The objective of this study was to assess the clinical significance of soluble transferrin receptor (sTfR) in hypochromic microcytic anaemia.
Serum sTfR was determined on 91 blood samples with haemoglobin less than 110 g/L and MCV less than 76 fl or MCH less than 27.0 pg. The samples were classified as iron deficiency anaemia (IDA), anaemia of chronic disease (ACD) and thalassaemia. ACD was further divided into groups 1 and 2, based on the serum ferritin level.
The sTfR level in the control was 1.53+/-0.8 mg/L. In IDA, the sTfR level was 5.53+/-8.76 mg/L and this was significantly higher compared with the control (p-value is less than 0.0001). sTfR levels in ACD (3.32+/-3.94 mg/L) and the thalassaemia group(1.64+/-1.02 mg/L) were not significantly different from that of the control (p-value is more than 0.05). In ACD, the sTfR level in group 1 was significantly higher when compared with the control (p-value is less than 0.001) and group 2 (p-value is less than 0.01). A significantly higher sTfR/ferritin ratio was observed in IDA (2,368.98+/-7,236.4 microg/microg) compared to the control (37.6+/-43.7 microg/microg) (p-value is less than 0.001). No significant difference was noted between ACD, thalassaemia and control (p-value is greater than 0.05). sTfR/ferritin ratio was significantly higher in group 1 of ACD when compared with that of control and group 2 (p-value is less than 0.001).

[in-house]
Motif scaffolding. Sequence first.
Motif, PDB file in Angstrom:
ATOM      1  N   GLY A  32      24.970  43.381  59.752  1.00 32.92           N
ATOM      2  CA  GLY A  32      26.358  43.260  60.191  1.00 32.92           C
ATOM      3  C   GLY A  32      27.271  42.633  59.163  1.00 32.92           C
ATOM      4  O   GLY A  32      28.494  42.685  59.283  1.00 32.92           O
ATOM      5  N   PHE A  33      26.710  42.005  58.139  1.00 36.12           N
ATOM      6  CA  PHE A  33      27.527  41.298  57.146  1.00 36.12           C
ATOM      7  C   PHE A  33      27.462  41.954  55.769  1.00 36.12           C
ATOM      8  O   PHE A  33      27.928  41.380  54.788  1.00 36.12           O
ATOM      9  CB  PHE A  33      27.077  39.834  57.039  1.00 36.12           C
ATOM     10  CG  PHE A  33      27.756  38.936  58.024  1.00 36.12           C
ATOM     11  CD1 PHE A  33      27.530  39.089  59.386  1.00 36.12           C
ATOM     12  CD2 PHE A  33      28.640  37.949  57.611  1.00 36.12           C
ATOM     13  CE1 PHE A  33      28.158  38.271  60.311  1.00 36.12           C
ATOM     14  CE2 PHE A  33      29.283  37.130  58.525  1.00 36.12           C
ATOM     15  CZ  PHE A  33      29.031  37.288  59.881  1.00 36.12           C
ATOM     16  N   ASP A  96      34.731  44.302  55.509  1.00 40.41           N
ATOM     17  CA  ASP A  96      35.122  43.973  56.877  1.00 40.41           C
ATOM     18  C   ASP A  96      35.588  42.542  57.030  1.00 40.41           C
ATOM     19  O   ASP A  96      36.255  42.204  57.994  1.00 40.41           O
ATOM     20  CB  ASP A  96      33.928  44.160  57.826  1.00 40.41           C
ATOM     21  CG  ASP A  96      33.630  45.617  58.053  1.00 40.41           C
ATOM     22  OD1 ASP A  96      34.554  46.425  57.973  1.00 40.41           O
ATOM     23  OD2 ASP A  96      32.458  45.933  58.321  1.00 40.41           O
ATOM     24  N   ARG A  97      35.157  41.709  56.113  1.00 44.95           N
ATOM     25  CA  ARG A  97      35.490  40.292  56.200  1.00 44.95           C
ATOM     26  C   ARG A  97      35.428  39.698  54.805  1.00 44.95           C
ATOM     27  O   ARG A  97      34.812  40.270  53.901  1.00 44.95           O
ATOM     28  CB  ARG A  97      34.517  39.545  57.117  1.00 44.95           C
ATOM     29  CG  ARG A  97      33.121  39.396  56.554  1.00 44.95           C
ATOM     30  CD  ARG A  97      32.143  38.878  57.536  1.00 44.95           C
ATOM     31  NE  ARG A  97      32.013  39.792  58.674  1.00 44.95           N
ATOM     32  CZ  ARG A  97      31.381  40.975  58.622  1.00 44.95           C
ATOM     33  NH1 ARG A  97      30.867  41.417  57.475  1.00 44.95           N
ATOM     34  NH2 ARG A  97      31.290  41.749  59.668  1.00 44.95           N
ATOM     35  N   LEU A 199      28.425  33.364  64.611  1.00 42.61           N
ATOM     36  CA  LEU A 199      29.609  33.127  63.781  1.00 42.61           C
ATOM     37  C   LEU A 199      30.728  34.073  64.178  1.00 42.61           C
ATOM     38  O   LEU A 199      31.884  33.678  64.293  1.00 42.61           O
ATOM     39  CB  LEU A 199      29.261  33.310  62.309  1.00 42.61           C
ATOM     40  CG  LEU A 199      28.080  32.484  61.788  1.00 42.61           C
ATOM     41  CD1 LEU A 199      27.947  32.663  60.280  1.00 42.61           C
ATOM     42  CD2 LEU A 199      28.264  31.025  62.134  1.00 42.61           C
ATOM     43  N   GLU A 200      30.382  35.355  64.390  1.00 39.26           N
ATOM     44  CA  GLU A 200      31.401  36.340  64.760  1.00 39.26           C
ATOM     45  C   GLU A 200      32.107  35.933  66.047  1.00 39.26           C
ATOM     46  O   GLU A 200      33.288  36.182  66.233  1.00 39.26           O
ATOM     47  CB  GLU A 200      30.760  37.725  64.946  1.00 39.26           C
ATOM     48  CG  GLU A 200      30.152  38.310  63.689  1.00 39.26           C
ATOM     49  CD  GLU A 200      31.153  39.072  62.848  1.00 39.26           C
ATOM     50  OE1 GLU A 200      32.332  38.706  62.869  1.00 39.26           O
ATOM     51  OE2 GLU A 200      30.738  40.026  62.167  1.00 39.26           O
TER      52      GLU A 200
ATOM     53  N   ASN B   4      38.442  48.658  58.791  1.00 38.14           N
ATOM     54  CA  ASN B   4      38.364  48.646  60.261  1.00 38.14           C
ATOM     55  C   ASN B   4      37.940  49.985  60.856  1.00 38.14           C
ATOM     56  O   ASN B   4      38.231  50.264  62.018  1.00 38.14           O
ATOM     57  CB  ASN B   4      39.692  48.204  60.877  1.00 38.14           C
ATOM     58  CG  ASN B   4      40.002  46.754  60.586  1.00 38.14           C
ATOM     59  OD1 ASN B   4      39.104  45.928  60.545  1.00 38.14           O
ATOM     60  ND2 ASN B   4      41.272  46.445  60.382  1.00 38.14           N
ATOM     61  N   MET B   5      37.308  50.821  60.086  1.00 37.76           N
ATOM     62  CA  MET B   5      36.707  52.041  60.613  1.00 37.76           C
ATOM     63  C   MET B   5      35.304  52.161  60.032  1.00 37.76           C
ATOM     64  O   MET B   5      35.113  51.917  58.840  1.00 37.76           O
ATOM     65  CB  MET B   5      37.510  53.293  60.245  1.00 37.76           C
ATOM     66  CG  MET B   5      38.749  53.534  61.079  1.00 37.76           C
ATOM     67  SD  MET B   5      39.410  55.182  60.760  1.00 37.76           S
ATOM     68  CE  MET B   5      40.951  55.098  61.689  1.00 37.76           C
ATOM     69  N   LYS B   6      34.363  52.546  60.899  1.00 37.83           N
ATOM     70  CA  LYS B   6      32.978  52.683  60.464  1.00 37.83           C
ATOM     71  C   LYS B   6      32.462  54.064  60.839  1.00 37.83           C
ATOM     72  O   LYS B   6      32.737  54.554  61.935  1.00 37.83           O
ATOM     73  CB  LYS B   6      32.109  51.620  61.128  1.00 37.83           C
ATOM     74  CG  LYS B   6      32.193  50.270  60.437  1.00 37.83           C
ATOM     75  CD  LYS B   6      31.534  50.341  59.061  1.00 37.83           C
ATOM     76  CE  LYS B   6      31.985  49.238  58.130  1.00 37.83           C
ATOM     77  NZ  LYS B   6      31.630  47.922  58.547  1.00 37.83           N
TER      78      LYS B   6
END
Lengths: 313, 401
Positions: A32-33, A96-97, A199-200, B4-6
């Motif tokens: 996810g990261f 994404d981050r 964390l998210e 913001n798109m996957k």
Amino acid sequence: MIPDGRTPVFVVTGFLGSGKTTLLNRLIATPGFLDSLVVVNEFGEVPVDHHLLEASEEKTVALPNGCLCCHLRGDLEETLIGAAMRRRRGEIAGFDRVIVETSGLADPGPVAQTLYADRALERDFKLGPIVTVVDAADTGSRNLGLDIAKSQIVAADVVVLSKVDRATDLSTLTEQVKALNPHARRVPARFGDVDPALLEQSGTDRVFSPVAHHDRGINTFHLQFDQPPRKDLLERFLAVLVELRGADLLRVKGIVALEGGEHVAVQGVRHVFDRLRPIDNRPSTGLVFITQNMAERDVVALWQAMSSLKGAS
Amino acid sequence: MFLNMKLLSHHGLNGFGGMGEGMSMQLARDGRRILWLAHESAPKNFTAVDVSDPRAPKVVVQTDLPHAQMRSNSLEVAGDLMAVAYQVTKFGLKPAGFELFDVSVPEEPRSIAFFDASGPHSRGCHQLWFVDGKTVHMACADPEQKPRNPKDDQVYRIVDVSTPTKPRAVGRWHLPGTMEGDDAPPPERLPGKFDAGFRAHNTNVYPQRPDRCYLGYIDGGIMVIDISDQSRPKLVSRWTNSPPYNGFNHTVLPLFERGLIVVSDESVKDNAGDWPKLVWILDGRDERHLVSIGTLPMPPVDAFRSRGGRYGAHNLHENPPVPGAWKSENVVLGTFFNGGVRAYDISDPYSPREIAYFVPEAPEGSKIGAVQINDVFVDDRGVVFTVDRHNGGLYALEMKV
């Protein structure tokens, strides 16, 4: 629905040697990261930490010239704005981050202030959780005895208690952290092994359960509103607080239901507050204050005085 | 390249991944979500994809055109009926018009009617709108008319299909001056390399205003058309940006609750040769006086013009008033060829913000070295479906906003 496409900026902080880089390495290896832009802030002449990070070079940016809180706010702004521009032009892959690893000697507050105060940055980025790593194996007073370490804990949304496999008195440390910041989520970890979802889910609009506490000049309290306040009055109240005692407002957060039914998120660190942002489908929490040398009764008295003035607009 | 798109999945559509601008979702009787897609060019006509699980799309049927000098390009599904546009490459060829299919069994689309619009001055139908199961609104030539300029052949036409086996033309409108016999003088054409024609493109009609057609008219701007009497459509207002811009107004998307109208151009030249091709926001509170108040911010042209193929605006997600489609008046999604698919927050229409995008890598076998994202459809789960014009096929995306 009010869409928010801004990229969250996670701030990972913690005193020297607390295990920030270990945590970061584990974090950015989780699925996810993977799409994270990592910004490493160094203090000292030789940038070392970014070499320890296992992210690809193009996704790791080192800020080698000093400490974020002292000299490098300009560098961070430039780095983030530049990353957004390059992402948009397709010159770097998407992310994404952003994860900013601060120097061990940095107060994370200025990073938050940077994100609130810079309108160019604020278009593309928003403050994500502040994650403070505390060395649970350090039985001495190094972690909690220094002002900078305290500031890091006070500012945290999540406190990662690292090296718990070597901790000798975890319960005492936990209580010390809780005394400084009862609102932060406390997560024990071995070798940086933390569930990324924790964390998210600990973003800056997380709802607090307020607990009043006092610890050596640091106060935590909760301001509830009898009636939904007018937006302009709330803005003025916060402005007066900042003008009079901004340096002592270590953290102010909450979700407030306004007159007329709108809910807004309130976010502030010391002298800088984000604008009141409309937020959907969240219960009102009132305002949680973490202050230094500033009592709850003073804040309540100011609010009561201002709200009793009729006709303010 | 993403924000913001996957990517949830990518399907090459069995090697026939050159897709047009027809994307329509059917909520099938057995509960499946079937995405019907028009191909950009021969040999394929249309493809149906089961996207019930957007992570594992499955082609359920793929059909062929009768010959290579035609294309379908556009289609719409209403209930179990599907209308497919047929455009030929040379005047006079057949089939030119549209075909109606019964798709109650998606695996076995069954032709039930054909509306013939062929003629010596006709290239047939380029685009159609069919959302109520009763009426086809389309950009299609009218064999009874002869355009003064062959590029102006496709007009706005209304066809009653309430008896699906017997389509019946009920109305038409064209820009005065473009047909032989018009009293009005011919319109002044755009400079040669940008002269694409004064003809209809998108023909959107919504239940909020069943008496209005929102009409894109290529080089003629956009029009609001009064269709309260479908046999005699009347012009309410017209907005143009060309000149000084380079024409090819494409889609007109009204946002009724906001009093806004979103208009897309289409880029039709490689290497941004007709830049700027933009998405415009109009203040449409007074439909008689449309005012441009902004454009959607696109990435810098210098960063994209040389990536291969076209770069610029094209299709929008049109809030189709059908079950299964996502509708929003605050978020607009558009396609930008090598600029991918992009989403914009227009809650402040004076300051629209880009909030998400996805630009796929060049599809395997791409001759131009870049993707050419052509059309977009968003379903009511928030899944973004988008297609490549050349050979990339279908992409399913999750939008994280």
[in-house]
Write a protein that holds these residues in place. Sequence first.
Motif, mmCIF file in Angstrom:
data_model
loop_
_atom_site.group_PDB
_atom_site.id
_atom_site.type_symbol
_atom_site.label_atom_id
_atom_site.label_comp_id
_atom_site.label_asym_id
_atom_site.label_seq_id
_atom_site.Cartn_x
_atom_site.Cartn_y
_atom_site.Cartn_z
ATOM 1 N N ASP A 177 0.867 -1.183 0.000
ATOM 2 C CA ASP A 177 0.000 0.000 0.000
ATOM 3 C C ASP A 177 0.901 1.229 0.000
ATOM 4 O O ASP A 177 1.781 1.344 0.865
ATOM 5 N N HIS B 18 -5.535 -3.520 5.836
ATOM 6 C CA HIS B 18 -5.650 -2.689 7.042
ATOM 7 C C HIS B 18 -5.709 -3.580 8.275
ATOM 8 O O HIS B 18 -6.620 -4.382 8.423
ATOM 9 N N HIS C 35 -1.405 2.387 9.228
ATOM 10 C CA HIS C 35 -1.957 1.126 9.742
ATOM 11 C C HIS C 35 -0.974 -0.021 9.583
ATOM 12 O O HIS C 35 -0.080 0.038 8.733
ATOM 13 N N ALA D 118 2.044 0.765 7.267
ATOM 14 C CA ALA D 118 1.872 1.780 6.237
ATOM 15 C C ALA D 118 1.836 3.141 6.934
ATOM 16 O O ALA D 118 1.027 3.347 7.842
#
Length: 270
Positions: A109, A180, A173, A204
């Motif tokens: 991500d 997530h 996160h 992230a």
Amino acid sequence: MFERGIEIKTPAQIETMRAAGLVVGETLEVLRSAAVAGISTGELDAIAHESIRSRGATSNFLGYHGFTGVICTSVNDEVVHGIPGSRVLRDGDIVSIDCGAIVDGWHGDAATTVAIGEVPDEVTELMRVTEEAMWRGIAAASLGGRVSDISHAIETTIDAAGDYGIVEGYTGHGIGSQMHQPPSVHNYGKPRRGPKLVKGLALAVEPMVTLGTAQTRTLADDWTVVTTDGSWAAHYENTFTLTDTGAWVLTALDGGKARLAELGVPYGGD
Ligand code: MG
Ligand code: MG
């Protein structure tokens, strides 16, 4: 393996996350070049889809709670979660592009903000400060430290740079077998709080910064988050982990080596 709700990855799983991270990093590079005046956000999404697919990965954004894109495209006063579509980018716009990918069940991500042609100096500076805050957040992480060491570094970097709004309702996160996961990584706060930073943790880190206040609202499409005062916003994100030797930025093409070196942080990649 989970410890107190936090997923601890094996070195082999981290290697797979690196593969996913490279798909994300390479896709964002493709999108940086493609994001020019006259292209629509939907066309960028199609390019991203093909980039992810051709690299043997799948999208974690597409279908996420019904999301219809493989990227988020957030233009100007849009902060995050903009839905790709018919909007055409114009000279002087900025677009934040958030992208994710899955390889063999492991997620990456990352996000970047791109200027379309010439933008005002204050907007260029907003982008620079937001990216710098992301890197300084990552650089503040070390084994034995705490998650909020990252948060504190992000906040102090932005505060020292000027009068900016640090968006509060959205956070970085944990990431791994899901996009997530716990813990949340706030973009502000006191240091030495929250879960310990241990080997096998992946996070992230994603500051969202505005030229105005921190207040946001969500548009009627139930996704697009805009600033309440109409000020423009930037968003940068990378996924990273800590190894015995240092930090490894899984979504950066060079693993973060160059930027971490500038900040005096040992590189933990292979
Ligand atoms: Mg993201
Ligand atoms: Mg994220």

Serum sTfR and sTfR/ferritin ratio are useful parameters in hypochromic microcytic anaemia to diagnose iron deficiency particularly when associated with chronic inflammation. sTfR can be done selectively in ACD patients when ferritin levels are more than 60 microg/L and there is a diagnostic dilemma. If sTfR level is raised, a trial of iron therapy is suggested for these patients.